Friday, August 22, 2014

The Authoress of the Odyssey

Samuel Butler - The authoress of the Odyssey, where and when she wrote, who she was, the use she made of the Iliad, and how the poem grew under her hands (1897)

Open Library direct link
Open Library main page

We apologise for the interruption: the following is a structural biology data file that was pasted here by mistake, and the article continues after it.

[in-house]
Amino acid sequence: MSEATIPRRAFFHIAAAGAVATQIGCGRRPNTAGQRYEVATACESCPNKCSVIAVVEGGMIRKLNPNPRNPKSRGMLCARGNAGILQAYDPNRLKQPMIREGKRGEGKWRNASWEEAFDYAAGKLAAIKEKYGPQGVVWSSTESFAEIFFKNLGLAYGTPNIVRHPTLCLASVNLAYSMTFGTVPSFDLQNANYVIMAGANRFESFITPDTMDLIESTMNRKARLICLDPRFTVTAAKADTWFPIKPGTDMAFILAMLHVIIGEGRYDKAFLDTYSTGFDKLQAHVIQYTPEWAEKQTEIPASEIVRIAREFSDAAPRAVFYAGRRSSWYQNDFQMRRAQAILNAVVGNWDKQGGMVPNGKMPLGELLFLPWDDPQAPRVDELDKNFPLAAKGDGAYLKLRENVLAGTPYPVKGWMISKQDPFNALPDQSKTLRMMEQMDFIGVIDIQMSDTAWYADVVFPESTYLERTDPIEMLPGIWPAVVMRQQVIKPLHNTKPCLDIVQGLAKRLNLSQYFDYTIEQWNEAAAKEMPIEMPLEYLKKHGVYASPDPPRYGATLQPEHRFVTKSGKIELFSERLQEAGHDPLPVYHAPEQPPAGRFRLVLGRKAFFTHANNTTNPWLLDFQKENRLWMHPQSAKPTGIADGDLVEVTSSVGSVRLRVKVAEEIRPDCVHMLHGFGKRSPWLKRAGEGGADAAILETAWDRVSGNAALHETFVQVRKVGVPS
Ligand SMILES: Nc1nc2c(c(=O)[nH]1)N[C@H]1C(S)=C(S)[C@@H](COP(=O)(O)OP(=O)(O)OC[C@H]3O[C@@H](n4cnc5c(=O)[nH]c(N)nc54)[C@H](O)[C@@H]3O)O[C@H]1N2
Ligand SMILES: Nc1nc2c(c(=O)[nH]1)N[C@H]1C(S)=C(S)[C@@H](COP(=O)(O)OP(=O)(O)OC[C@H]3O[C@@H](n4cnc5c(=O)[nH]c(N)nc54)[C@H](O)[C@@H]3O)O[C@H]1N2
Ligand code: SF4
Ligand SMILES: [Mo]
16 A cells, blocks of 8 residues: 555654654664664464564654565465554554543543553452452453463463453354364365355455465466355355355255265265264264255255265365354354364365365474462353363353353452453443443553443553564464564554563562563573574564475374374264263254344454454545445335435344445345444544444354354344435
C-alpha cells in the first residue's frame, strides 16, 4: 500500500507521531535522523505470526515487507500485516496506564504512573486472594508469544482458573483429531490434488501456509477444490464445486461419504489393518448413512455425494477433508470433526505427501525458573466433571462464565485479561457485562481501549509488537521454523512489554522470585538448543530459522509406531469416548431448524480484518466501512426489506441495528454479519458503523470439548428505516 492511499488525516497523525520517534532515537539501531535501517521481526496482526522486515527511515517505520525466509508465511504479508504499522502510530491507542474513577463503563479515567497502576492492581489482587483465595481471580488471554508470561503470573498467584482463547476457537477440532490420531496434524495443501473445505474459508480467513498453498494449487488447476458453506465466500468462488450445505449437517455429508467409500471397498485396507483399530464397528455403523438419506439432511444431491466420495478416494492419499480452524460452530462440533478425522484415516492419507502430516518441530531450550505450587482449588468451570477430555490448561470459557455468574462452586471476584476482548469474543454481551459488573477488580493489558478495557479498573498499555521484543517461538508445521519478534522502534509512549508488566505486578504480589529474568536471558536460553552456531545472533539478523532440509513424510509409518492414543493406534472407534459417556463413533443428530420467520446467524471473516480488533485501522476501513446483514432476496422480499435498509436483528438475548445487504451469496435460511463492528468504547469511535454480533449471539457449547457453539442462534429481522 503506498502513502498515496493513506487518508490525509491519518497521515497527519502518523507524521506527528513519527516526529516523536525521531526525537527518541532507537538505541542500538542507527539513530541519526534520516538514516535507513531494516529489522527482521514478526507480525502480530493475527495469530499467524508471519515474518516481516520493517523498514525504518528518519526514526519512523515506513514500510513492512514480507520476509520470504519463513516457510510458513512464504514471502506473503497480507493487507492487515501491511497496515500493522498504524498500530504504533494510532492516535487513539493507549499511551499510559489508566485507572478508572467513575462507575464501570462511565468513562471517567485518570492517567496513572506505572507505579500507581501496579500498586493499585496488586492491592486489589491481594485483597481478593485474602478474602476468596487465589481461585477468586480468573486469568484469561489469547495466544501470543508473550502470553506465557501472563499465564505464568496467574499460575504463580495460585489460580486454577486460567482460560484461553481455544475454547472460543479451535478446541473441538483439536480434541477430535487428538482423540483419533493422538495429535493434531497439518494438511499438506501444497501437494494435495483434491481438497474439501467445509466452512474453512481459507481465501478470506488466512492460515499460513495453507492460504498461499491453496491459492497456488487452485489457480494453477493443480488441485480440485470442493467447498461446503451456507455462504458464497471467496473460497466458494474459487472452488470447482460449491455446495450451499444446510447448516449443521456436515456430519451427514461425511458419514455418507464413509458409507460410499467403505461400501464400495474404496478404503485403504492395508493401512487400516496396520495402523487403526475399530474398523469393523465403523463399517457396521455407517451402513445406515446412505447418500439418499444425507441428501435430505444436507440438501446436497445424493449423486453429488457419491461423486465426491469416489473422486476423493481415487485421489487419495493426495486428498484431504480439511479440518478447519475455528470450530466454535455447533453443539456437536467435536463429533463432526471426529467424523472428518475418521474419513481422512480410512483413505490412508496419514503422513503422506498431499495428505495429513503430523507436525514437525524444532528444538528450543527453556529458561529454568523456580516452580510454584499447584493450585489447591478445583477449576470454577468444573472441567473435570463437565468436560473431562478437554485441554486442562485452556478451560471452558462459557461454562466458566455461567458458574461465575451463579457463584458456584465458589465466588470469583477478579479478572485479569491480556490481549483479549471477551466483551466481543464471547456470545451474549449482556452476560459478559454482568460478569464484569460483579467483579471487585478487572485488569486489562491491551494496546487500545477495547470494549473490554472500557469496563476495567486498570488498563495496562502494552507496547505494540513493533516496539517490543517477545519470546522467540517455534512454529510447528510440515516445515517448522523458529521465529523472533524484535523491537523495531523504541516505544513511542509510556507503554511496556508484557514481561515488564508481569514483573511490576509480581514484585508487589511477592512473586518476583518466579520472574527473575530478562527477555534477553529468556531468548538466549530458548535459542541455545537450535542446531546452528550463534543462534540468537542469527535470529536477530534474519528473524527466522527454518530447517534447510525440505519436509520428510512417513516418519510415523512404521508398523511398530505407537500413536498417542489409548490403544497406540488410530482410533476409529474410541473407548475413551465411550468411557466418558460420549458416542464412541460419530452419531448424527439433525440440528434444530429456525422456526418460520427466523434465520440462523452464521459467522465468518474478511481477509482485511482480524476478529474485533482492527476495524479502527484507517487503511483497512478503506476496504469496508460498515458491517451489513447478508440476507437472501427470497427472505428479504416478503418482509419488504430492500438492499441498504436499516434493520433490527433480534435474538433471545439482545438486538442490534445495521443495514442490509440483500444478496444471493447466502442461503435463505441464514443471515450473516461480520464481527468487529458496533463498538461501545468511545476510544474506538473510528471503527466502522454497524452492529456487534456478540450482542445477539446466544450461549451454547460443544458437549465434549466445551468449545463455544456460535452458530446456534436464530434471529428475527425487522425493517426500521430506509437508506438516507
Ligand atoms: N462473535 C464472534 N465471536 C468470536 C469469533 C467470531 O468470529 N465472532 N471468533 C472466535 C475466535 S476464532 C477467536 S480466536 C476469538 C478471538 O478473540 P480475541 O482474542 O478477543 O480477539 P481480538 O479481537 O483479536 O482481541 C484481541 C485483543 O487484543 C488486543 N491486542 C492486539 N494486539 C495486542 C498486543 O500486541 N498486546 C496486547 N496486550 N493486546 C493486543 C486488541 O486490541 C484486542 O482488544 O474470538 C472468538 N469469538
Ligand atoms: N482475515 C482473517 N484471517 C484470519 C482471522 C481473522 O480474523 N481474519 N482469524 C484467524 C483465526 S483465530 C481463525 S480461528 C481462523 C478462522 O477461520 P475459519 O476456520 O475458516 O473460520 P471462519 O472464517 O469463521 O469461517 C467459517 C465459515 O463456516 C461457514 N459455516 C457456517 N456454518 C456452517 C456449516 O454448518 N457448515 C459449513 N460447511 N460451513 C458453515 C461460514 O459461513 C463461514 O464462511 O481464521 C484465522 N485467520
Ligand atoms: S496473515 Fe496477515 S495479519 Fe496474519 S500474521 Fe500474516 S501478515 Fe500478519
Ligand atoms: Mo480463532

Late in the 19th century novelist Samuel Butler (Erewhon, The Way of All Flesh) promoted the idea that whoever wrote The Odyssey (and not as often reported about his claim Homer in full) had actually been a woman.  In 1897 he released this book to sway the unbelievers, most of whom declined to sway.  Mary Beard calls it a "zany argument" and since I haven't yet read it that's probably the best place to leave this.  Beard wrote a full essay on the book in the collection Samuel Butler, Victorian Against the Grain: A Critical Overview that's likely more interesting than the actual book. In his notebooks Butler claimed of The Odyssey "If the poem is to ever be well translated, it must be by some high-spirited English girl who has been brought up at Athens and who, therefore, has not been jaded by academic study of the language." By those standards we'll have to make do with un-well-translated poems though Butler himself gave a stab at it.  (There's a Delphi Classics ebook that includes his and several other translations in full along with numerous Homerian oddities.)